Massage & Bodywork

March/April 2013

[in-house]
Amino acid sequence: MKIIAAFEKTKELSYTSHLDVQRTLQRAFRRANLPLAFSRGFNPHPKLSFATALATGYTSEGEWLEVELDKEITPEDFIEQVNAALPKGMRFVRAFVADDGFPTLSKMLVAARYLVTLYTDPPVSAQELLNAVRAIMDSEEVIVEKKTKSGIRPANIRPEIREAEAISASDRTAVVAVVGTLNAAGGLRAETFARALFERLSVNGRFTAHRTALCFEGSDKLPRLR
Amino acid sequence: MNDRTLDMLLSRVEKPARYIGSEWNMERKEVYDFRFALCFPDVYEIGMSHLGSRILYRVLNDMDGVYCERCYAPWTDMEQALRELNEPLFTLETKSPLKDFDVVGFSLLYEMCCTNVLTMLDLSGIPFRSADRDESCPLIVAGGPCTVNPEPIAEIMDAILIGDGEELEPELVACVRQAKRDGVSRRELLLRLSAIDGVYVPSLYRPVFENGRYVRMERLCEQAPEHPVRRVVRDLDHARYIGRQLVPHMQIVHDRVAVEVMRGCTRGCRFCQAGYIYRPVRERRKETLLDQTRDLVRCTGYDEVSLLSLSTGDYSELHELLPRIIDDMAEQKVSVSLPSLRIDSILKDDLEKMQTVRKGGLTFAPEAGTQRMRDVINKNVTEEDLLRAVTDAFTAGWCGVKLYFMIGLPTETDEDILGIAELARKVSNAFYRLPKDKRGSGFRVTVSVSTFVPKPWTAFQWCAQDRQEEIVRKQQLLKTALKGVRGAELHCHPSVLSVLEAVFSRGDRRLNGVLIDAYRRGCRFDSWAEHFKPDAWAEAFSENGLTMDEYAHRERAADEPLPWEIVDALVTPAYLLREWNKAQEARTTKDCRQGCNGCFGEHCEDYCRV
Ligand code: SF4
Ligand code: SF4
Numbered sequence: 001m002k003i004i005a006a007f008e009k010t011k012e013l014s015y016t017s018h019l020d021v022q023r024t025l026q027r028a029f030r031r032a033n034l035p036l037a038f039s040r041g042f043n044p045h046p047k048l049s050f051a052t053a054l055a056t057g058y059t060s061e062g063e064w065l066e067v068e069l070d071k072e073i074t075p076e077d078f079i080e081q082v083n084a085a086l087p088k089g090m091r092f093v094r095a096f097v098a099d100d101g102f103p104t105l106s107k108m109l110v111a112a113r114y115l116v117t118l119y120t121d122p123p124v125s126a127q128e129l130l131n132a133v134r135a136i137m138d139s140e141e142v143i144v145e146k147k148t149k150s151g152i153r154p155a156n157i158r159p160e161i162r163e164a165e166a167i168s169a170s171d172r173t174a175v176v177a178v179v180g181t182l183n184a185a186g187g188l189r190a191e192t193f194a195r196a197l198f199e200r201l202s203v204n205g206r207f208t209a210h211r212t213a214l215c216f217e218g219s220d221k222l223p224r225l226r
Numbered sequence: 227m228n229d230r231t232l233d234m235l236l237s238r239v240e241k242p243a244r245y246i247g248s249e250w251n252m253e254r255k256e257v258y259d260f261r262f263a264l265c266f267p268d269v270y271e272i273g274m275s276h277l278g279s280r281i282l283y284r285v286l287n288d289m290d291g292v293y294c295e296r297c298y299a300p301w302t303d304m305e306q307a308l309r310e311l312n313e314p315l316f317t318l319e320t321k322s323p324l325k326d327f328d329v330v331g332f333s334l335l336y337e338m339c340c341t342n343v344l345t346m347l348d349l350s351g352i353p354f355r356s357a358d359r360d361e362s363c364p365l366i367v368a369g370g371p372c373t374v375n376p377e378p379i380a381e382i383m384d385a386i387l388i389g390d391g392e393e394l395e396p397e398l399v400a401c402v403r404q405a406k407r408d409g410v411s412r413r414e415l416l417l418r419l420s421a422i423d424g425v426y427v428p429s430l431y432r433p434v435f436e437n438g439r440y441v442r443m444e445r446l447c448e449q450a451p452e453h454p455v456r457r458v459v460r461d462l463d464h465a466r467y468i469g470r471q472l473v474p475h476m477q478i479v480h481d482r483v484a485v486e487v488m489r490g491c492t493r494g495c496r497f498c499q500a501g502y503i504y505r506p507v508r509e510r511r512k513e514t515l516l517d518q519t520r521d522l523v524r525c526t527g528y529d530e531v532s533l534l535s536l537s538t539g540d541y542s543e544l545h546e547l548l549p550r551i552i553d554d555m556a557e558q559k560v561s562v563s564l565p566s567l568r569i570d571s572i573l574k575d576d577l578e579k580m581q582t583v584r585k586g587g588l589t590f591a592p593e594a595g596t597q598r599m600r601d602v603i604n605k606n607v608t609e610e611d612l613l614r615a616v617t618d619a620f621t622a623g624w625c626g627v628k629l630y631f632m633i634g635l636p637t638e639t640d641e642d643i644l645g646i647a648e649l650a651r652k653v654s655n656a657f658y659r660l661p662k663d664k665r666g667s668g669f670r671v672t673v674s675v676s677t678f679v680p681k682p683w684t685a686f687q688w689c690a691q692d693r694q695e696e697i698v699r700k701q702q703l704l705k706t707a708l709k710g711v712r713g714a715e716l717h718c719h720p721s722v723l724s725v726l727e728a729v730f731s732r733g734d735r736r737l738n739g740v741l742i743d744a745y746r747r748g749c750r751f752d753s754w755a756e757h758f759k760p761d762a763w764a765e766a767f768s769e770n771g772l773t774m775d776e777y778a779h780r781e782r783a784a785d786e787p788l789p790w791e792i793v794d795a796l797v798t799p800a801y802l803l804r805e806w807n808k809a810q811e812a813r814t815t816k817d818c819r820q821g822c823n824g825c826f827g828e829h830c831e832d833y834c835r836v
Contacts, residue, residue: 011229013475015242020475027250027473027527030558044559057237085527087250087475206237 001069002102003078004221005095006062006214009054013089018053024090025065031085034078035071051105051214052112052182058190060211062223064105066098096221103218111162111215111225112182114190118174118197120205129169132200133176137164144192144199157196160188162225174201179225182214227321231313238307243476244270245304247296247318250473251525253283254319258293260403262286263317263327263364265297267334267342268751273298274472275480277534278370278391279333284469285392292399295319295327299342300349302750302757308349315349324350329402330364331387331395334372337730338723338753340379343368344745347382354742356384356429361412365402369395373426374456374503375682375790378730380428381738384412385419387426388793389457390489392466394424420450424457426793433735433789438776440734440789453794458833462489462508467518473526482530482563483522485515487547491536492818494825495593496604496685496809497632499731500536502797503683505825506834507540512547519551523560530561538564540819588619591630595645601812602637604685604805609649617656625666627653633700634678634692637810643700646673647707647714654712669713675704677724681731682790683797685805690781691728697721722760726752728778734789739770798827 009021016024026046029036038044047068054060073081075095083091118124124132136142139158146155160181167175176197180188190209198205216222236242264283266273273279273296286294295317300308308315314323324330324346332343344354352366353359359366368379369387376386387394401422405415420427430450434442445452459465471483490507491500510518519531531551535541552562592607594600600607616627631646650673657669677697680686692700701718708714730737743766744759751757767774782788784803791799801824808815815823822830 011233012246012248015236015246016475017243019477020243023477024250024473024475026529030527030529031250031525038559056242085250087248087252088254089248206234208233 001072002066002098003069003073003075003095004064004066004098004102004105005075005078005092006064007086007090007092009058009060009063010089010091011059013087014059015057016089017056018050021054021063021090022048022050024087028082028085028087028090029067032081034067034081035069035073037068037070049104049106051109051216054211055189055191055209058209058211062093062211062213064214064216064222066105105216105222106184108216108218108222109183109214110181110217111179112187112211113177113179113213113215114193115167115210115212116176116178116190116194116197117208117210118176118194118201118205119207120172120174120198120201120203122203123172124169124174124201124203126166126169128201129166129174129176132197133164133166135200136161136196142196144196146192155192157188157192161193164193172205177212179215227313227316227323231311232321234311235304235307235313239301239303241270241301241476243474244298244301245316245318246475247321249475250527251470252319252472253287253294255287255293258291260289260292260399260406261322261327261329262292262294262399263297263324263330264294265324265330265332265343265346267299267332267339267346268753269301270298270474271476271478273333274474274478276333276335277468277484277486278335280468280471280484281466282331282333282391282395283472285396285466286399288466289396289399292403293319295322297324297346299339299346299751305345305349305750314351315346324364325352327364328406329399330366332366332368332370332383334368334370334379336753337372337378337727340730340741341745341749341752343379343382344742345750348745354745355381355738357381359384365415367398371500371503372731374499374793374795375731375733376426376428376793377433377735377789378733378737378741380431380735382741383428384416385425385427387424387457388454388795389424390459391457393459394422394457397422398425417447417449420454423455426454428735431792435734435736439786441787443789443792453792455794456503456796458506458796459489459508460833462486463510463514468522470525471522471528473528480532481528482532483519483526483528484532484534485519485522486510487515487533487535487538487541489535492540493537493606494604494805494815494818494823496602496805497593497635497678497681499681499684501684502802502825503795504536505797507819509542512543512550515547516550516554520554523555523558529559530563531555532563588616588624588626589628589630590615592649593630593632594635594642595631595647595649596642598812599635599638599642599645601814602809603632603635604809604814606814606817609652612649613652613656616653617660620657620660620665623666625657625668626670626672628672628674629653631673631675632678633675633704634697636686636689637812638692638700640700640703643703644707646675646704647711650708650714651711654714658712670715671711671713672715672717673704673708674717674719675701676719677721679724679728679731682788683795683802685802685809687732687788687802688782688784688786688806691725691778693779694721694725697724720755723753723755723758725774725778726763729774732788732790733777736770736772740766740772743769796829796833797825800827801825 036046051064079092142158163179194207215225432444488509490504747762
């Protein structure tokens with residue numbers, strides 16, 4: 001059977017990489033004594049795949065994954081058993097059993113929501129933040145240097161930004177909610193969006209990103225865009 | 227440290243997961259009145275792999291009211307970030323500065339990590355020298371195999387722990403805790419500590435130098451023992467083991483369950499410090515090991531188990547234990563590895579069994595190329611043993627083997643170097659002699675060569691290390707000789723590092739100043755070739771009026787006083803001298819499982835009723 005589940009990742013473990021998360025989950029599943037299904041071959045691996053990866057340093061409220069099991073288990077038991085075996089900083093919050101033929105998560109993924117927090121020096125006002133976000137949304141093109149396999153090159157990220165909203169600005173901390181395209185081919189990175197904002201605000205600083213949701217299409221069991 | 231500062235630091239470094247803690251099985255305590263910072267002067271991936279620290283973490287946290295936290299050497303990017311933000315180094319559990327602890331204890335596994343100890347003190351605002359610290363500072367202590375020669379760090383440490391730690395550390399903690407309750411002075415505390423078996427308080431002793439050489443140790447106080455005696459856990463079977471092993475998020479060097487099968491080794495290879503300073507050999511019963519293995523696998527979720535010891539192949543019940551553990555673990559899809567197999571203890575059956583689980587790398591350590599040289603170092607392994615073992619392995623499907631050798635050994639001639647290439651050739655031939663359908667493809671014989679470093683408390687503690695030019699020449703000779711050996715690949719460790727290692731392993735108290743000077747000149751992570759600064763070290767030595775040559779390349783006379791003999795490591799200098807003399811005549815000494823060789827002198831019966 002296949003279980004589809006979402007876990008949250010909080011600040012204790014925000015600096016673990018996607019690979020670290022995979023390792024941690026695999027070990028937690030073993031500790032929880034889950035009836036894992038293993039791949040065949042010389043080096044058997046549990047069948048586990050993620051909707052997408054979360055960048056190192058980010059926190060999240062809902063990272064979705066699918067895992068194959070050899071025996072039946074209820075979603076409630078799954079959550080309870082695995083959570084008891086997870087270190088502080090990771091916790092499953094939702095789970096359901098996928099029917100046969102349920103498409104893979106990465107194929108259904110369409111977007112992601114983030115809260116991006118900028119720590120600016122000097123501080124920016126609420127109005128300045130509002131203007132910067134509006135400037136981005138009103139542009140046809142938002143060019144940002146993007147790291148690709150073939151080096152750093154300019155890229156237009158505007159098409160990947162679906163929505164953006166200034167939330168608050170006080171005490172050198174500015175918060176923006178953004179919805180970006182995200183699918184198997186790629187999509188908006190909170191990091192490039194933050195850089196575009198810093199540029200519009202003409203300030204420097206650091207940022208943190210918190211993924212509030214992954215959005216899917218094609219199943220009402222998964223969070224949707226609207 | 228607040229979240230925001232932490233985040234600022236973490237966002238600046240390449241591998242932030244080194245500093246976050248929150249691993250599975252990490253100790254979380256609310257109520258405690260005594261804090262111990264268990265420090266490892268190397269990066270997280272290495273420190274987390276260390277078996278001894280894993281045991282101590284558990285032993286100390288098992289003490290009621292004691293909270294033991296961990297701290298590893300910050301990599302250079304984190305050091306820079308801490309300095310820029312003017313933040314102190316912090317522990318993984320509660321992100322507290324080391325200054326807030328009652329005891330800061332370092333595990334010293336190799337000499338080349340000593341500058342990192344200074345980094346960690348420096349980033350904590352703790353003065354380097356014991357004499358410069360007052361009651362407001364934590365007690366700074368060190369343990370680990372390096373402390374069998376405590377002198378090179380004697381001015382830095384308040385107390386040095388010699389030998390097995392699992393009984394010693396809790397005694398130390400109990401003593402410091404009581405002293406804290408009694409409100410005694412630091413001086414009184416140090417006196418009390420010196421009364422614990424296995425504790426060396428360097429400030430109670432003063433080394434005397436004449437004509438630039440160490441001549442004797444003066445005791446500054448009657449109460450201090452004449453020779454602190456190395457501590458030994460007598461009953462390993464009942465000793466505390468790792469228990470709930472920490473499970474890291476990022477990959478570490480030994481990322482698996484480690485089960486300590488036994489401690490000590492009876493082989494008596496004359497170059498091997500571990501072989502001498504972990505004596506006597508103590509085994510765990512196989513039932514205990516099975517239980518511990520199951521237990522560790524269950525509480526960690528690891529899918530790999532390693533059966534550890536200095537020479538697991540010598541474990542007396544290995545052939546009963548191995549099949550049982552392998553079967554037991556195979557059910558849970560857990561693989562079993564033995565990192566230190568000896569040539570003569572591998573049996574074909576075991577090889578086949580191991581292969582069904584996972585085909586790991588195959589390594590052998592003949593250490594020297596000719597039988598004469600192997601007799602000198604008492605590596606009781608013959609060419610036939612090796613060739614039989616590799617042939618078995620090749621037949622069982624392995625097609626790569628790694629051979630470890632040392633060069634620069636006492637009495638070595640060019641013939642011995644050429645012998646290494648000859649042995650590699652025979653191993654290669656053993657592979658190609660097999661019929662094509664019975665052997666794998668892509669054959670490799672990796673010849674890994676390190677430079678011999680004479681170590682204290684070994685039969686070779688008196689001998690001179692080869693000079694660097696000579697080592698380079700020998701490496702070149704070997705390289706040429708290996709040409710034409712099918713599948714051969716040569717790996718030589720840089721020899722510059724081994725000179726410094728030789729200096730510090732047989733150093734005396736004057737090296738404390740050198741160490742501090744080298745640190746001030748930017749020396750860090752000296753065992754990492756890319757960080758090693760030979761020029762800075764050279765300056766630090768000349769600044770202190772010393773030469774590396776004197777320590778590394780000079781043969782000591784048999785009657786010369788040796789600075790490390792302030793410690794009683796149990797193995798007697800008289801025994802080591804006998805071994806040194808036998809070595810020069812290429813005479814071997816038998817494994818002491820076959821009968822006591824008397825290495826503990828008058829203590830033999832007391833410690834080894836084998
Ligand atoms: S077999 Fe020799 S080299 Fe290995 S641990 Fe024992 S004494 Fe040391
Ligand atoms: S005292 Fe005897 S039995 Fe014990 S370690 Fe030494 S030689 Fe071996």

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When a mind-boggling and complicated client walks through your door, remember you are a member of a wellness team, and you can utilize the team at your disposal. Setting Up Your Network OK, so you've assessed that your client needs a chiropractor, or a physical therapist, or a personal trainer—but do you know who to send her to? You've got two options: use your present client base to get word-of-mouth knowledge about the specialists you are looking for, or go out and find them yourself. Clients will often mention that they've seen a wonderful doctor. Pick up on this. Ask "What made her so great?" "How did she treat you that was so special?" Then ask your client to bring you a wad of business cards the next time she visits that doctor. Your second option takes a little more work but gets you out of the practice room, plus it's a lot of fun. Say you need a reference for a good neurologist. Hit the web, find one in your area who looks good, then call the office and say, "Hello, I'm looking for a great neurologist to refer my clients to, and I'd like 10 minutes of Dr. Smith's time to learn more so I can refer my clients to someone appropriate." I have never had a doctor turn me down with this approach. On the day you are to meet with the good doctor, look your professional best, have your list of questions prepared, take up only as much time as you said you needed, and express genuine gratitude for the time and effort. During the last two minutes of the appointment, tell the doctor exactly what massage therapy is and leave a stack of business cards with the receptionist for any patients who might be looking for an experienced massage therapist. Everybody wins! If the physician refers a patient to you, write an immediate note expressing gratitude and include a couple of your business cards in the envelope. Likewise, if you refer to a specific doctor, write a note saying, "Thank you so much for taking care of my client, Alice Jones." At least every six months you should drop by the office, perhaps bringing flowers, and refresh your pile of business cards. A great marketing tool is to offer a free massage to front-desk and nursing staff—they'll see your session room, experience your massage, and be able to rave about you the next time anyone is looking for a good massage therapist. Finally, for the doctors I refer to, and from whom I receive regular referrals, I offer one Christmas gift certificate for an employee of their choosing. When a mind-boggling and complicated client walks through your door, remember you are a member of a wellness team, and you can utilize the team at your disposal. It shows you care, that you're thinking beyond the table, and sends a message that, although massage therapy is widely beneficial, we can share this responsibility with other compassionate and capable professionals. Charlotte Michael Versagi is a national presenter and the author of Step-by-Step Massage Therapy Protocols for Common Conditions (Lippincott Williams & Wilkins, 2011). Contact her at charlotteversagi@gmail.com. www.abmp.com. See what benefits await you. 99

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